Chemical Peels: This treatment uses a chemical solution to exfoliate the surface layer of the skin, which can help reduce hyperpigmentation. Depending on the severity of the pigmentation and the specific chemical used, peels can be light, medium, or deep.
Laser Therapy: Focused light energy is used to remove or fade pigmentation. There are various types of lasers, such as Q-switched lasers and fractional lasers, which work at different depths and can be used for different types of pigmentation.
Intense Pulsed Light (IPL): IPL is a type of light therapy that can treat a range of skin conditions including hyperpigmentation. Unlike lasers, which use a single wavelength of light, IPL uses multiple wavelengths to target and break down melanin.
Microneedling: Also known as collagen induction therapy, microneedling uses tiny needles to puncture the skin, stimulating collagen and elastin production. When used in combination with topical treatments, it can help to lighten hyperpigmentation.
Before you decide to embark on any training, you should consider consulting a trained professional to discuss the most suitable form of treatment for your specific concerns and unique skin type. Not all procedures will be appropriate for your skin, so it is important to seek professional advice before committing to any treatment.
Combination approaches and maintenance strategies
Combination treatments and maintenance strategies can be highly effective for managing pigmentation disorders. Depending on the advice of your dermatologist, your skin type and overall health, the exact approach will vary. Here are some possible combination treatments you might encounter:
Topical Treatments and Laser Therapy: A common strategy is to use topical treatments (like hydroquinone or retinoids) in combination with laser therapy. The topical treatment can help to lighten the skin, while the laser therapy can target and break down excess melanin.
Topical Treatments and Chemical Peels: Similarly, chemical peels can be used in conjunction with topical treatments. The peel can help to remove the top layer of pigmented skin, while the topical treatment can work to inhibit melanin production.
Topical Treatments and Microneedling: The process of microneedling can enhance the absorption of topical treatments, making them more effective. This can be particularly useful for treating conditions like melasma.
Laser Therapy and IPL: For more extensive or stubborn pigmentation, a combination of different types of light-based therapies may be recommended. The different wavelengths target different layers of the skin for a more complete treatment.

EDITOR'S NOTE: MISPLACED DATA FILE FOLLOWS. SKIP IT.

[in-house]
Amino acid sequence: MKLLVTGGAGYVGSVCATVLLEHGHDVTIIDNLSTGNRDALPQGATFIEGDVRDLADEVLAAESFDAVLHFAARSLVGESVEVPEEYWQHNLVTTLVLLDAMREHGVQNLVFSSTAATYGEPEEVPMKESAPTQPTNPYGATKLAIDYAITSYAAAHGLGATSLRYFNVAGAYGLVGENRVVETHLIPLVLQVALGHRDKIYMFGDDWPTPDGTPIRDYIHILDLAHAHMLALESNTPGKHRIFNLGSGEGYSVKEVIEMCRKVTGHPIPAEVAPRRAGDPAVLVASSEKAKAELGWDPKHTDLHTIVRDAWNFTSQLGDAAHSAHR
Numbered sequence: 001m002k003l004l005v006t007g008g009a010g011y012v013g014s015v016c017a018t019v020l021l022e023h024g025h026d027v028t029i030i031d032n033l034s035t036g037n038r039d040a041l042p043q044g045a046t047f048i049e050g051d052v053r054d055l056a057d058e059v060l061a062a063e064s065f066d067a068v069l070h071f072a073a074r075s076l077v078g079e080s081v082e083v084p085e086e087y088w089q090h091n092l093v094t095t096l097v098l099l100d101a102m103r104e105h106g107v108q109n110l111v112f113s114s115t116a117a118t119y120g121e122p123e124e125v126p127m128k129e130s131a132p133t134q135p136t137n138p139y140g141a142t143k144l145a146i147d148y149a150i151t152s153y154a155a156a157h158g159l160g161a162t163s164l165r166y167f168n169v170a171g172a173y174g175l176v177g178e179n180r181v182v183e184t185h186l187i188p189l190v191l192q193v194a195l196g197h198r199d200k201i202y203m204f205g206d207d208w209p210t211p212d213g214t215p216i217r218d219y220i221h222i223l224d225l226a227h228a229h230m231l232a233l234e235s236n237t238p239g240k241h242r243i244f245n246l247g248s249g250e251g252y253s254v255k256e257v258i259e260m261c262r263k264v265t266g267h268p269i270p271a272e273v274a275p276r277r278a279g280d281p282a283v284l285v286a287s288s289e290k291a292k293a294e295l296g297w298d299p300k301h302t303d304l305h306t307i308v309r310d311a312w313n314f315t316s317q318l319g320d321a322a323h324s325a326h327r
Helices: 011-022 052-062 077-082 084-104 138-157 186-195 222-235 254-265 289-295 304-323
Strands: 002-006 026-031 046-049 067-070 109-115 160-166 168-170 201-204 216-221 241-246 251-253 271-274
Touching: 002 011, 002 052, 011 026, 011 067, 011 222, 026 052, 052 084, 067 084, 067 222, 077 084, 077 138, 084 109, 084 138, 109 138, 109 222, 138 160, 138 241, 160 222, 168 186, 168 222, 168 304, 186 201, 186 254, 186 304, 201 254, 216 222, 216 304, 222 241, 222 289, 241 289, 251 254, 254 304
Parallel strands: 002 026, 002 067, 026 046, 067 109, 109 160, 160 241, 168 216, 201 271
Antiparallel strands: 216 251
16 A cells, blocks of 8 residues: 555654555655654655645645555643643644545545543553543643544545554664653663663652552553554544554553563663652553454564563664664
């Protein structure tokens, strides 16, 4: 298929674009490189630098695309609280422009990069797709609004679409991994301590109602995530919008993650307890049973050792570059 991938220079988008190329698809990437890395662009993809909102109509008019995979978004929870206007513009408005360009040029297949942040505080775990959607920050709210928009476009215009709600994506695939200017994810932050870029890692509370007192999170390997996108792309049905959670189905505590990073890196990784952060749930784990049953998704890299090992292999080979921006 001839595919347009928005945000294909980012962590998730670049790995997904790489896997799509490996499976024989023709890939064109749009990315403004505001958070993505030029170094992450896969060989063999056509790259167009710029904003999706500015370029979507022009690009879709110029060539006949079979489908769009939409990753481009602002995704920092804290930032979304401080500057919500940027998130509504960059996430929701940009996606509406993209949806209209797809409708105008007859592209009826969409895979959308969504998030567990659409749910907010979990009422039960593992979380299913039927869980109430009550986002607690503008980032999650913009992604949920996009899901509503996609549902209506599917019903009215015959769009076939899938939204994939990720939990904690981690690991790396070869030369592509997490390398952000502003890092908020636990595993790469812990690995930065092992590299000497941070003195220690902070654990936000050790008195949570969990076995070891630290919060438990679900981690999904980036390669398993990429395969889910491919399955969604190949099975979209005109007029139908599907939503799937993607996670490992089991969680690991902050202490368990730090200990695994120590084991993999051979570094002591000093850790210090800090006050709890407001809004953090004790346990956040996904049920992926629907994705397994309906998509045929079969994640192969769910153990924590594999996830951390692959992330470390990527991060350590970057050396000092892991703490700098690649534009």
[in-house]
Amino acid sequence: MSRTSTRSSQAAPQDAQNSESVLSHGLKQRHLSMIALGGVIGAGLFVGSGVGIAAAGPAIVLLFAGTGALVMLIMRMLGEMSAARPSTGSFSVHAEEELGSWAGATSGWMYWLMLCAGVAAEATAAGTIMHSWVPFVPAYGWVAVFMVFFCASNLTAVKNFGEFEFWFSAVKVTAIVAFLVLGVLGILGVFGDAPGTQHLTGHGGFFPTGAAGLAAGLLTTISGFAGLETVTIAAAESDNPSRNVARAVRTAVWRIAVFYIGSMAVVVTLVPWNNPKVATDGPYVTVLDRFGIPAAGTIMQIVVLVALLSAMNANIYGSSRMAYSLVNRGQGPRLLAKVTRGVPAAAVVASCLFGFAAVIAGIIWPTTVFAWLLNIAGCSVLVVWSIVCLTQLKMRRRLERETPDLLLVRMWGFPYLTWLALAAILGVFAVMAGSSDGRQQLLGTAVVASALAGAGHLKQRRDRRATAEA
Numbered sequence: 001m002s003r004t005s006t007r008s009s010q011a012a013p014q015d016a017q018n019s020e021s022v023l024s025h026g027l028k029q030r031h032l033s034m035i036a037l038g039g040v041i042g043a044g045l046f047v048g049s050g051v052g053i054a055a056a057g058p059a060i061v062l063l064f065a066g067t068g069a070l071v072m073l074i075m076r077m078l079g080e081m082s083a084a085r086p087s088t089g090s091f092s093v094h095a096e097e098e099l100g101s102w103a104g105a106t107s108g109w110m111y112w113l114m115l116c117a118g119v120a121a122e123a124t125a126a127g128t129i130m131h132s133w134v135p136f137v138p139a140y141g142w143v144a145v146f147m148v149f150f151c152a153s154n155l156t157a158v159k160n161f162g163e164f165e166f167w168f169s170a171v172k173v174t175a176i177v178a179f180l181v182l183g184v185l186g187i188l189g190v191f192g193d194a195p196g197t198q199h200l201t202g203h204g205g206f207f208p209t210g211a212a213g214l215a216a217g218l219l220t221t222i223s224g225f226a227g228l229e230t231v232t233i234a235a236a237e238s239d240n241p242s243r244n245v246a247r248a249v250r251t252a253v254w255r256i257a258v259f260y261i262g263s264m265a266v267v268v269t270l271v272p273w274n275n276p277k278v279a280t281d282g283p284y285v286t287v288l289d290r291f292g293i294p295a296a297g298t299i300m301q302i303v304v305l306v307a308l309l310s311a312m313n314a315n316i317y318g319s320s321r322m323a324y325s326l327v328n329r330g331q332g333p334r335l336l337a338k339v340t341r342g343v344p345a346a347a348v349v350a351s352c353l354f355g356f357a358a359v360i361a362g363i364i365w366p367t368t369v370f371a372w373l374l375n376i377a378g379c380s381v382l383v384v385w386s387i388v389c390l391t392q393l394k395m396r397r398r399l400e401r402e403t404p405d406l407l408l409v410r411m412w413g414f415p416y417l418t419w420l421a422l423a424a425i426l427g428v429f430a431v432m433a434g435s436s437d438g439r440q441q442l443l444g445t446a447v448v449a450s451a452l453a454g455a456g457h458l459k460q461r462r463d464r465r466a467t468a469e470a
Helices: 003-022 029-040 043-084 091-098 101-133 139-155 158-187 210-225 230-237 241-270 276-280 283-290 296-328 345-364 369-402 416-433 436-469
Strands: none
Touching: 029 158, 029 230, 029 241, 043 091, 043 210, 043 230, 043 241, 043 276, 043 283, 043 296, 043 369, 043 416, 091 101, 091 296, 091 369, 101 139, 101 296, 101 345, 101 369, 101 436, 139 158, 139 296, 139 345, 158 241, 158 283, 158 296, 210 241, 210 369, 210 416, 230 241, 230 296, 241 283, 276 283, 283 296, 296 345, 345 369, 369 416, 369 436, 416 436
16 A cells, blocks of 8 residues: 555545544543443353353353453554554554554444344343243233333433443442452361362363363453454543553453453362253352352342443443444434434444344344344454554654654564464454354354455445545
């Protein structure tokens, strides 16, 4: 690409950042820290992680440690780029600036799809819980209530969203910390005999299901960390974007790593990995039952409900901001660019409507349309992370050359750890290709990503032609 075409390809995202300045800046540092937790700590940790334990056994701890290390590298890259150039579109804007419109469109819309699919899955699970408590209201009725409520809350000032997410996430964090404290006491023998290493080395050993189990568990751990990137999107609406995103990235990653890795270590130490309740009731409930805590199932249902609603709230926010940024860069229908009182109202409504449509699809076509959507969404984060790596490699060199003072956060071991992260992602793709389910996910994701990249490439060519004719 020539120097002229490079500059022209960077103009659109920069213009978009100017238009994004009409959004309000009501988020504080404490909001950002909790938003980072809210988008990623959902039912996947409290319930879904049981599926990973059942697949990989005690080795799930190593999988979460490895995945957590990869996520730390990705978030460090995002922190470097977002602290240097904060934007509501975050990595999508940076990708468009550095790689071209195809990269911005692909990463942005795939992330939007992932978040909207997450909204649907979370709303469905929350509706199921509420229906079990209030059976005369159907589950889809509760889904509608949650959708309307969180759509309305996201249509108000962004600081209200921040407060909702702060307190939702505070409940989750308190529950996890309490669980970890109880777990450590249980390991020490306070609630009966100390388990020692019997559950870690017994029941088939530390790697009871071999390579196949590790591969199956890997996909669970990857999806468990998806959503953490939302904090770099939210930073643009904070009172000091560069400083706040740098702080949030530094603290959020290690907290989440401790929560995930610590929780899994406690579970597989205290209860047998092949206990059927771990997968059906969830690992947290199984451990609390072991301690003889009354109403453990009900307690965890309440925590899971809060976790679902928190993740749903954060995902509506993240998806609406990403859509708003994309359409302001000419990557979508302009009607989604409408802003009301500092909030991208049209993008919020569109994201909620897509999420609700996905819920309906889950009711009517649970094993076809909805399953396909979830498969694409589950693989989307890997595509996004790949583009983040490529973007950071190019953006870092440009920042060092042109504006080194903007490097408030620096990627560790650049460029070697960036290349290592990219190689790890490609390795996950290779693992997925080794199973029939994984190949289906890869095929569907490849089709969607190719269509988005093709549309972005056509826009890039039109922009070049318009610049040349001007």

While skin pigment treatments are important, maintenance strategies play a big part in the reduction of pigmentation.
The best way to do this is by limiting as many lifestyle-causing factors as described above, i.e. limiting sun exposure, reducing stress, avoiding smoking and drinking.
Of all the factors, sun exposure is the biggest culprit and is the most prevalent, considering Singapore is sunny year round.
Scheduling regular check-ups with your skin doctor should also be part of your overall maintenance plan.
Why should I see a professional for pigmentation treatment in Singapore?
Professional guidance is essential in diagnosing and managing skin conditions for several reasons:
Accurate Diagnosis: Many skin conditions can look similar but require different treatments. A professional has the training and experience to accurately diagnose skin conditions based on their appearance, location, and other factors. They can also perform procedures like biopsies when needed to confirm a diagnosis.
Effective Treatment: Trained professionals understand the wide range of treatments available for different skin conditions and can recommend the most effective options based on the specific condition, its severity, and other factors. If your pigmentation is too severe, our therapists may refer you to our doctors at SL Aesthetic Clinic.
Personalised Care: Every person’s skin is unique, and personal factors like lifestyle, overall health, and treatment preferences can greatly influence the management of skin conditions. Professionals can provide personalised advice and treatment plans tailored to each individual’s circumstances.
Comprehensive Care: Skin health is closely tied to overall health. For better overall outcomes, trained professionals can competently coordinate care with other healthcare providers when a skin condition is related to another health issue, such as an autoimmune disease, hormonal imbalance, or nutritional deficiency.
How much is pigmentation removal in Singapore?
The price of pigmentation removal depends on the type of treatment and the number of treatment sessions. The cost of off-the-counter medications begins from $80, the cost of peels from $170, the cost of light therapy from $119, the cost of microneedling from $199 and the cost of a laser session from $500.
Pigmentation treatment with SkinLab
Don’t let dark spots cast a shadow on your day. Skin pigmentation treatment requires the expertise of experienced, well-trained professionals who have access to the best tools and treatment options in Singapore.
At SkinLab, Singapore’s largest medical spa chain, our team will give you the smooth, even toned and radiant skin you desire and deserve.
Make an appointment with us now.